The commercial real estate market will surprisingly close with a bang in 2021 given the historic strong demand for multifamily and industrial space and the resiliency of brick and mortars in serving consumer demand off-premises. The strong growth in these sectors made up for the weak and tenuous recovery in the office market. The year 2021 is also poised to be the strongest year in terms of investment acquisitions, surpassing the peak sales volume of 2006 and the pre-pandemic level.
In 2022, sustained household formation, strong consumer spending amid slower inflation and sustained wage growth, continuing re-entry to the office even if mostly on a hybrid schedule, and the expansion of construction and investments in secondary/tertiary markets will drive leasing, construction, and sales. Interest rates are on a course to increase with the Federal Reserve winding down its $120 billion monthly asset purchases and eyeing three federal funds rate hikes. However, interest rates will still be low compared to the pre-pandemic level and even if the T-note hits 2.5% by end of 2022, this will still be lower than the average rate of nearly 3% in 2018. Strong economic property market fundamentals will drive the growth in net operating income, especially in the multifamily and industrial market, and will continue to attract equity capital and sustain price appreciation.
With improving market fundamentals, investor acquisitions of multifamily, office, retail, and industrial properties of at least $2.5 million totaled $523 billion in the first ten months of the year. NAR expects the full-year level of acquisitions to hit nearly $645 billion, surpassing the prior peak level of acquisitions in 2006 of $581 billion. The multifamily market had a historic year, with 1.07 million units absorbed since the pandemic. The vacancy rate hit a record-low of 4.5% as of December 18 while the median asking rent growth hit a record high of 11% year-over-year. Rental demand soared amid the recovery in household formation and with home prices rising at a double-digit pace. Rental demand has increased across primary and secondary markets, with renters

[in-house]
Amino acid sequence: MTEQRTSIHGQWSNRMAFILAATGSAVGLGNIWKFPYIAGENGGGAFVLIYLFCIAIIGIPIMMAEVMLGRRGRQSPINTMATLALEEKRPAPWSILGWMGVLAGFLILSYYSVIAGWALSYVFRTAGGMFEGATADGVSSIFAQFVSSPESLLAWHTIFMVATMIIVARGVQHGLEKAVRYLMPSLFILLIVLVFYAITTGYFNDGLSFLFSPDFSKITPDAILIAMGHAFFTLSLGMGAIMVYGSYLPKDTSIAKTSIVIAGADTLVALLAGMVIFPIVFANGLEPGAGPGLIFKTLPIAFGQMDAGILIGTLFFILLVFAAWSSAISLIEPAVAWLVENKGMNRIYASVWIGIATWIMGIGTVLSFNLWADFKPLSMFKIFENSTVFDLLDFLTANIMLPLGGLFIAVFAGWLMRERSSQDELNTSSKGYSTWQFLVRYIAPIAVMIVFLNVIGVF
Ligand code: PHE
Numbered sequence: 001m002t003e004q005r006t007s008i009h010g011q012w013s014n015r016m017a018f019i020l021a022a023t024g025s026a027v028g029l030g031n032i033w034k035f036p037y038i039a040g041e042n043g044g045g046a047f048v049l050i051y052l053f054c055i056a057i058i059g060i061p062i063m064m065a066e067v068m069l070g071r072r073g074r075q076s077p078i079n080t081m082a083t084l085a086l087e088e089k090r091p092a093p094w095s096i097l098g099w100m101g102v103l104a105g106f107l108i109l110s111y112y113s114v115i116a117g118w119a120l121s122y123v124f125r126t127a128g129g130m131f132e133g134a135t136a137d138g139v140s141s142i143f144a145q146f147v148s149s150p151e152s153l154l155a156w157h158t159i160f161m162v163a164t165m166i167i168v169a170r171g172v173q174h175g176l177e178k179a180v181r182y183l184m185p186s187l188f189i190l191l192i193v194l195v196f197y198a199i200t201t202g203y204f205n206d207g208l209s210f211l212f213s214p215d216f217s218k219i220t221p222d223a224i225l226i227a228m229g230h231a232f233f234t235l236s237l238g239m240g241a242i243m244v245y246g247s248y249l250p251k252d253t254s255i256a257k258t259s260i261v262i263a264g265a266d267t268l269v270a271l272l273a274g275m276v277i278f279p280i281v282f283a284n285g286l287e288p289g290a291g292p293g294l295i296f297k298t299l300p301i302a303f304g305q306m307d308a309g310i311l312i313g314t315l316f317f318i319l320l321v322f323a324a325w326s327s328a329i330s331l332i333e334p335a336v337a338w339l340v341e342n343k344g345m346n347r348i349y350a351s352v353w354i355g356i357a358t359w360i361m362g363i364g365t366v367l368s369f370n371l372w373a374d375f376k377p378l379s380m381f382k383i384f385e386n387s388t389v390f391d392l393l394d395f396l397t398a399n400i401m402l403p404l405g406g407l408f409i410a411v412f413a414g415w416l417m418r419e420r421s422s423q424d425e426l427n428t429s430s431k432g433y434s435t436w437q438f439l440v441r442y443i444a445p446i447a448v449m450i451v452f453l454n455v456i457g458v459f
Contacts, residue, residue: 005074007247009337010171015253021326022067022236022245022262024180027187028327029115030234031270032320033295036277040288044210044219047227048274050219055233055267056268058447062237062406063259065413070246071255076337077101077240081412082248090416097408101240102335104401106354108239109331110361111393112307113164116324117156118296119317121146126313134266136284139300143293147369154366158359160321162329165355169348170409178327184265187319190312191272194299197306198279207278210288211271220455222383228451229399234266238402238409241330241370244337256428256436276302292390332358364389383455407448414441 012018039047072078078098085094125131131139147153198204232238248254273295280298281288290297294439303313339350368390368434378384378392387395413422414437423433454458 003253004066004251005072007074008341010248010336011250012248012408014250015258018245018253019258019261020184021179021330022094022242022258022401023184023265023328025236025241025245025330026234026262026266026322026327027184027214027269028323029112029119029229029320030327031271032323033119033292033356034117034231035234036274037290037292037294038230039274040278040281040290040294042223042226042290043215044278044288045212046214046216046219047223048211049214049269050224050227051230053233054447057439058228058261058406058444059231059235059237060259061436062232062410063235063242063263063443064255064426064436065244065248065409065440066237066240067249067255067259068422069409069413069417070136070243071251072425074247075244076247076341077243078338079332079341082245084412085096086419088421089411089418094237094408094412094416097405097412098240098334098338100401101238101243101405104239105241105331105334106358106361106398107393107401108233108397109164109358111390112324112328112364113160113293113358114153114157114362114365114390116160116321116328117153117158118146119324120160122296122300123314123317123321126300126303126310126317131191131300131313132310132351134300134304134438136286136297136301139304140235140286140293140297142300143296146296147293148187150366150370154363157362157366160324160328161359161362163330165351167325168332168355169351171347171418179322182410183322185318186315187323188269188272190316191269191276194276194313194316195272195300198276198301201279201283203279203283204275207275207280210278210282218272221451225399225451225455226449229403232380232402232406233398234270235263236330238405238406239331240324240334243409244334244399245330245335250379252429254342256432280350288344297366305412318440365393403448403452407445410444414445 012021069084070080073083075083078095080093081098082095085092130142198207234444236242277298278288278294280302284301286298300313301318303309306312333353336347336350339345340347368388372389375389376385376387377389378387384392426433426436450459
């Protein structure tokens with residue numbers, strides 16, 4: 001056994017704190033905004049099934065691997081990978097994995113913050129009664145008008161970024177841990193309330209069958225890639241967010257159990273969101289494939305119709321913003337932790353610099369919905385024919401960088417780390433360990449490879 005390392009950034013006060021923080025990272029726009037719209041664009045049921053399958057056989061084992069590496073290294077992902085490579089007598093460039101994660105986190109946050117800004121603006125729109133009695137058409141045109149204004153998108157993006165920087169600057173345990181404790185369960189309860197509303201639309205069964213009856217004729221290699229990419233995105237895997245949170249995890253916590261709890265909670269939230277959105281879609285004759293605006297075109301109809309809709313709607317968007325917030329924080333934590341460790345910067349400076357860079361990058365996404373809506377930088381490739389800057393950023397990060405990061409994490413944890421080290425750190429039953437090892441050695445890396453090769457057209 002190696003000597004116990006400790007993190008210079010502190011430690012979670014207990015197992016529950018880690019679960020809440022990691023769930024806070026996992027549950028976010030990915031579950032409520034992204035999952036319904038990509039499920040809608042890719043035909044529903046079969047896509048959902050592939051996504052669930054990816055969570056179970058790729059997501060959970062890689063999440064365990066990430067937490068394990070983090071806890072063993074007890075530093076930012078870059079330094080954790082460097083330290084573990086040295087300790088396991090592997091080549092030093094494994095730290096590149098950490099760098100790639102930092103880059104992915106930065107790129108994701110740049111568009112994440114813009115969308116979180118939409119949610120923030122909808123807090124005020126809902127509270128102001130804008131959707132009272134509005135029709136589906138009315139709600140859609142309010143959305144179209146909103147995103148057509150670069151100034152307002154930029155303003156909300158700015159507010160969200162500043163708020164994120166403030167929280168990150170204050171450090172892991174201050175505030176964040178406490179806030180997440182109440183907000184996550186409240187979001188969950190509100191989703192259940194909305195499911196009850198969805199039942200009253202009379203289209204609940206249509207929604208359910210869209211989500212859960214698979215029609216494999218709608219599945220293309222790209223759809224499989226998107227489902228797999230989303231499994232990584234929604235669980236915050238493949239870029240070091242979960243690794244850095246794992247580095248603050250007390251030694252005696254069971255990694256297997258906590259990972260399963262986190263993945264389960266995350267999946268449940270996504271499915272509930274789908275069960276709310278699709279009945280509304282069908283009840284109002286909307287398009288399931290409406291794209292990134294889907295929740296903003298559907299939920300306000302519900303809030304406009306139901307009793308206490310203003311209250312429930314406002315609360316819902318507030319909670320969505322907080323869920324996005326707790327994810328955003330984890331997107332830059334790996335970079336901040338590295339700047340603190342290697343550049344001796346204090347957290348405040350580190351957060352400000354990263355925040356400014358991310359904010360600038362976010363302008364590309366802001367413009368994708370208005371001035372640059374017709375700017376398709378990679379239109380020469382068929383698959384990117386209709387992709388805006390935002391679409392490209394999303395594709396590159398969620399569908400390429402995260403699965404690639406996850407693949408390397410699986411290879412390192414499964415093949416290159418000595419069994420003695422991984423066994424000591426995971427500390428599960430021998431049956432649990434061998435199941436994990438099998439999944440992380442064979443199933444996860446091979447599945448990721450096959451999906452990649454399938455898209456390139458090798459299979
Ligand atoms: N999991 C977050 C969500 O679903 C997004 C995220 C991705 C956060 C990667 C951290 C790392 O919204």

returning to the major metro areas of New York, Washington DC, Boston, Chicago, San Francisco, and Los Angeles. However, metro areas in the Sunbelt markets had the largest increase in net demand, led by Dallas, Houston, Charleston, Wilmington, Savannah, and several Florida metro areas.
With sustained demand for online shopping, the industrial property market also had a record year, with nearly 700 million square feet of space absorbed since the pandemic and with rents soaring to a historic high of 8.4% as vacancy fell to an all-time low of 4.1%. The retail brick-and-mortars managed to survive broadly unscathed, except malls. Since 2020 Q2, 47.9 million square feet of space was absorbed, compared to just 29 million square feet of retail space absorbed in the 12 months before the pandemic hit. Malls saw a decline in occupancy, but that was offset by the positive net absorption from neighborhood centers, strip centers, and free-standing/single-tenant stores. Hotel occupancy and revenues also recovered with increased personal and business travel. As of December, occupancy was at 57% compared to 42% one year ago.